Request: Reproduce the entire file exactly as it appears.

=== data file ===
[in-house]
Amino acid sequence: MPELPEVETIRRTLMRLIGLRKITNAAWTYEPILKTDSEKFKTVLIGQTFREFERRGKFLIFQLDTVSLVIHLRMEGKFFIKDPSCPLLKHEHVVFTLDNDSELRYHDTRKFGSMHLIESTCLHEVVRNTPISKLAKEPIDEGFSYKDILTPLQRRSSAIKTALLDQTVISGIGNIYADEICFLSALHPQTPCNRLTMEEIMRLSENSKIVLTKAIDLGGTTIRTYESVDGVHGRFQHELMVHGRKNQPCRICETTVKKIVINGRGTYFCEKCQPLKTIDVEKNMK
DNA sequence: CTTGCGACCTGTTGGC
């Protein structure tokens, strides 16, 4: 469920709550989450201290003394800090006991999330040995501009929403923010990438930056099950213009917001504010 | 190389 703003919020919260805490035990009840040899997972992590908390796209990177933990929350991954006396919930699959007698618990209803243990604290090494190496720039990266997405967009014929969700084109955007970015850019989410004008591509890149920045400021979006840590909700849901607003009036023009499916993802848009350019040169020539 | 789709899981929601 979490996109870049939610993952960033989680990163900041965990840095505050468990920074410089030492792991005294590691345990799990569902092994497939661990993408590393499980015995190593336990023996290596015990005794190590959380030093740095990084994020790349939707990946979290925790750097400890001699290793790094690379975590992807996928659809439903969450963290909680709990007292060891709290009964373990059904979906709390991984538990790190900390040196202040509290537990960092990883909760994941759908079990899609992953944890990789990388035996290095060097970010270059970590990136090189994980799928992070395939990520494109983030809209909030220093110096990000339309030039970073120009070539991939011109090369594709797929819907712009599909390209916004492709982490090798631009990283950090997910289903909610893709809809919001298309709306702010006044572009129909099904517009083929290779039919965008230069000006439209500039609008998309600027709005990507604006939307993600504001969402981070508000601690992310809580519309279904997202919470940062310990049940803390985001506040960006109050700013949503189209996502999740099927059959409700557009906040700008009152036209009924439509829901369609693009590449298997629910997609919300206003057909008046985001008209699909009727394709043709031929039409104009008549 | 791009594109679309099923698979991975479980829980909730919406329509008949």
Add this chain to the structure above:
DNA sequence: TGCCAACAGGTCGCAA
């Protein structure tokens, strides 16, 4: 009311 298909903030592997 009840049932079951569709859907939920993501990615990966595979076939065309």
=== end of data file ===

[in-house]
Amino acid sequence: MPELPEVETIRRTLMRLIGLRKITNAAWTYEPILKTDSEKFKTVLIGQTFREFERRGKFLIFQLDTVSLVIHLRMEGKFFIKDPSCPLLKHEHVVFTLDNDSELRYHDTRKFGSMHLIESTCLHEVVRNTPISKLAKEPIDEGFSYKDILTPLQRRSSAIKTALLDQTVISGIGNIYADEICFLSALHPQTPCNRLTMEEIMRLSENSKIVLTKAIDLGGTTIRTYESVDGVHGRFQHELMVHGRKNQPCRICETTVKKIVINGRGTYFCEKCQPLKTIDVEKNMK
DNA sequence: CTTGCGACCTGTTGGC
């Protein structure tokens, strides 16, 4: 469920709550989450201290003394800090006991999330040995501009929403923010990438930056099950213009917001504010 | 190389 703003919020919260805490035990009840040899997972992590908390796209990177933990929350991954006396919930699959007698618990209803243990604290090494190496720039990266997405967009014929969700084109955007970015850019989410004008591509890149920045400021979006840590909700849901607003009036023009499916993802848009350019040169020539 | 789709899981929601 979490996109870049939610993952960033989680990163900041965990840095505050468990920074410089030492792991005294590691345990799990569902092994497939661990993408590393499980015995190593336990023996290596015990005794190590959380030093740095990084994020790349939707990946979290925790750097400890001699290793790094690379975590992807996928659809439903969450963290909680709990007292060891709290009964373990059904979906709390991984538990790190900390040196202040509290537990960092990883909760994941759908079990899609992953944890990789990388035996290095060097970010270059970590990136090189994980799928992070395939990520494109983030809209909030220093110096990000339309030039970073120009070539991939011109090369594709797929819907712009599909390209916004492709982490090798631009990283950090997910289903909610893709809809919001298309709306702010006044572009129909099904517009083929290779039919965008230069000006439209500039609008998309600027709005990507604006939307993600504001969402981070508000601690992310809580519309279904997202919470940062310990049940803390985001506040960006109050700013949503189209996502999740099927059959409700557009906040700008009152036209009924439509829901369609693009590449298997629910997609919300206003057909008046985001008209699909009727394709043709031929039409104009008549 | 791009594109679309099923698979991975479980829980909730919406329509008949």
Add this chain to the structure above:
DNA sequence: TGCCAACAGGTCGCAA
């Protein structure tokens, strides 16, 4: 009311 298909903030592997 009840049932079951569709859907939920993501990615990966595979076939065309």